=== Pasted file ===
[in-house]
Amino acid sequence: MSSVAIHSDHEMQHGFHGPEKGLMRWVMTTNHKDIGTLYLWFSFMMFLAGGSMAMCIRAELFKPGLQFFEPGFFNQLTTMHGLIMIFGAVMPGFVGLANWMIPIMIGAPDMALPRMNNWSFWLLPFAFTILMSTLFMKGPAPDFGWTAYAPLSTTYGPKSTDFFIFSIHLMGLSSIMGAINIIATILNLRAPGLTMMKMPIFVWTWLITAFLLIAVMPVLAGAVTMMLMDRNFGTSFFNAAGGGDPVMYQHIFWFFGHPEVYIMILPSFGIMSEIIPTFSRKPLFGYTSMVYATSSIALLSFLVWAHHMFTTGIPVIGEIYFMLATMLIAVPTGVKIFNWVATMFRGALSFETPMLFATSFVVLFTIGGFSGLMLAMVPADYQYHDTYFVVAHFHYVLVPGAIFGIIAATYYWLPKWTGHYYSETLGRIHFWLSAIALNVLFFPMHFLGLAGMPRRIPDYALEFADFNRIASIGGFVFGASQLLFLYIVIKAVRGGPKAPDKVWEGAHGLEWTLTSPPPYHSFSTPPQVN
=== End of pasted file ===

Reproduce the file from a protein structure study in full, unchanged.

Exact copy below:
[in-house]
Amino acid sequence: MSSVAIHSDHEMQHGFHGPEKGLMRWVMTTNHKDIGTLYLWFSFMMFLAGGSMAMCIRAELFKPGLQFFEPGFFNQLTTMHGLIMIFGAVMPGFVGLANWMIPIMIGAPDMALPRMNNWSFWLLPFAFTILMSTLFMKGPAPDFGWTAYAPLSTTYGPKSTDFFIFSIHLMGLSSIMGAINIIATILNLRAPGLTMMKMPIFVWTWLITAFLLIAVMPVLAGAVTMMLMDRNFGTSFFNAAGGGDPVMYQHIFWFFGHPEVYIMILPSFGIMSEIIPTFSRKPLFGYTSMVYATSSIALLSFLVWAHHMFTTGIPVIGEIYFMLATMLIAVPTGVKIFNWVATMFRGALSFETPMLFATSFVVLFTIGGFSGLMLAMVPADYQYHDTYFVVAHFHYVLVPGAIFGIIAATYYWLPKWTGHYYSETLGRIHFWLSAIALNVLFFPMHFLGLAGMPRRIPDYALEFADFNRIASIGGFVFGASQLLFLYIVIKAVRGGPKAPDKVWEGAHGLEWTLTSPPPYHSFSTPPQVN